Gasoline sticker shock in Chicago

I’m back from the ASCO Meeting in Chicago. As promised, I’ll try to post some photos tomorrow to give you a sense of just how monumentally huge this meeting is. I probably won’t have time to blog about the clinical science presented until Friday or next week, but we’ll see. In the meantime, let me share with you the serious gasoline sticker shock I suffered coming from the East Coast to the Midwest. Below is a “discount” gas station at W. North Avenue and N. Ashland:


Remember, this is a discount gas station, much like….much like Citgo:


This is nearly a dollar more expensive than in my neck of the woods.

I looked around for a gas station charging over $4 a gallon for regular, but, fortunately, I couldn’t find one.


I did see one charging $3.99 a gallon for regular, though.

By Orac

Orac is the nom de blog of a humble surgeon/scientist who has an ego just big enough to delude himself that someone, somewhere might actually give a rodent's posterior about his copious verbal meanderings, but just barely small enough to admit to himself that few probably will. That surgeon is otherwise known as David Gorski.

That this particular surgeon has chosen his nom de blog based on a rather cranky and arrogant computer shaped like a clear box of blinking lights that he originally encountered when he became a fan of a 35 year old British SF television show whose special effects were renowned for their BBC/Doctor Who-style low budget look, but whose stories nonetheless resulted in some of the best, most innovative science fiction ever televised, should tell you nearly all that you need to know about Orac. (That, and the length of the preceding sentence.)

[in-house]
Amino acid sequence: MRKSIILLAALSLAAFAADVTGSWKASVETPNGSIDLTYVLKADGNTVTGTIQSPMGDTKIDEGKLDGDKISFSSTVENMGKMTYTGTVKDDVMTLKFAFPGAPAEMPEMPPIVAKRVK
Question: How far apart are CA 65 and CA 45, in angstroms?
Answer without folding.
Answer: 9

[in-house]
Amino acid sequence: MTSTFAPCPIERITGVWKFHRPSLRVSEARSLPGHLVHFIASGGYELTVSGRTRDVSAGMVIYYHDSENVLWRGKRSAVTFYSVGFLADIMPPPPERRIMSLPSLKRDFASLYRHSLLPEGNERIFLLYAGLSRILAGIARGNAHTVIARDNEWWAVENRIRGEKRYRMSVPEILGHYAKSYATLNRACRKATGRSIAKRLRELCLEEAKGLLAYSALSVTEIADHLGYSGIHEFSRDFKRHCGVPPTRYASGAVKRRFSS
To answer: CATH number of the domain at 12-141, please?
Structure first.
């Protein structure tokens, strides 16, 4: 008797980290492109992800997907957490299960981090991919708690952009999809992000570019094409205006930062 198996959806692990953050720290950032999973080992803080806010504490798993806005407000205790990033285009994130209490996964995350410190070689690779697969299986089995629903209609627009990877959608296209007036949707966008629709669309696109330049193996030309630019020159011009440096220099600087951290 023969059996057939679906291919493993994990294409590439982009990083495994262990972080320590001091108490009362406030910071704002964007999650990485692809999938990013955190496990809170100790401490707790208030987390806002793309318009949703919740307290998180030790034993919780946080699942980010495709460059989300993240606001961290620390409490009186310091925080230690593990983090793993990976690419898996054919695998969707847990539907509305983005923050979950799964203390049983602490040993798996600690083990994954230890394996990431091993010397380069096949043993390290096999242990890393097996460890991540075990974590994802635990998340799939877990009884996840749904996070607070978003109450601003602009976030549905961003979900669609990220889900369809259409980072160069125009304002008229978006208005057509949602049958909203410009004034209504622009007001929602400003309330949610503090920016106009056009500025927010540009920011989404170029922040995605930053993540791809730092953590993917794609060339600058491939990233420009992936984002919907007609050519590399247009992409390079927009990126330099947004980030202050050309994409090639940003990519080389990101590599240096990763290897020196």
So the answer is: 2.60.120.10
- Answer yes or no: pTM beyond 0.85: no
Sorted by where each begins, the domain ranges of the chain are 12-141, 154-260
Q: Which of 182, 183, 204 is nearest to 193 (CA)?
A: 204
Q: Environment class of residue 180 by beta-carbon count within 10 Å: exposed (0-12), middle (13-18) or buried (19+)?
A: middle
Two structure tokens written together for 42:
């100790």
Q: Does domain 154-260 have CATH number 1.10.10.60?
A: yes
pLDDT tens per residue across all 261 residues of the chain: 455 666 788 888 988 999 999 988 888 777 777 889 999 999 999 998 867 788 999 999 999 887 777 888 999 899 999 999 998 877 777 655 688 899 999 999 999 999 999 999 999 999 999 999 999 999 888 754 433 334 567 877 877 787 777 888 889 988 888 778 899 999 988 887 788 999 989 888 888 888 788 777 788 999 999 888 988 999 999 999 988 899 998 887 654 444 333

DISCLAIMER:: The various written meanderings here are the opinions of Orac and Orac alone, written on his own time. They should never be construed as representing the opinions of any other person or entity, especially Orac's cancer center, department of surgery, medical school, or university. Also note that Orac is nonpartisan; he is more than willing to criticize the statements of anyone, regardless of of political leanings, if that anyone advocates pseudoscience or quackery. Finally, medical commentary is not to be construed in any way as medical advice.

To contact Orac: [email protected]

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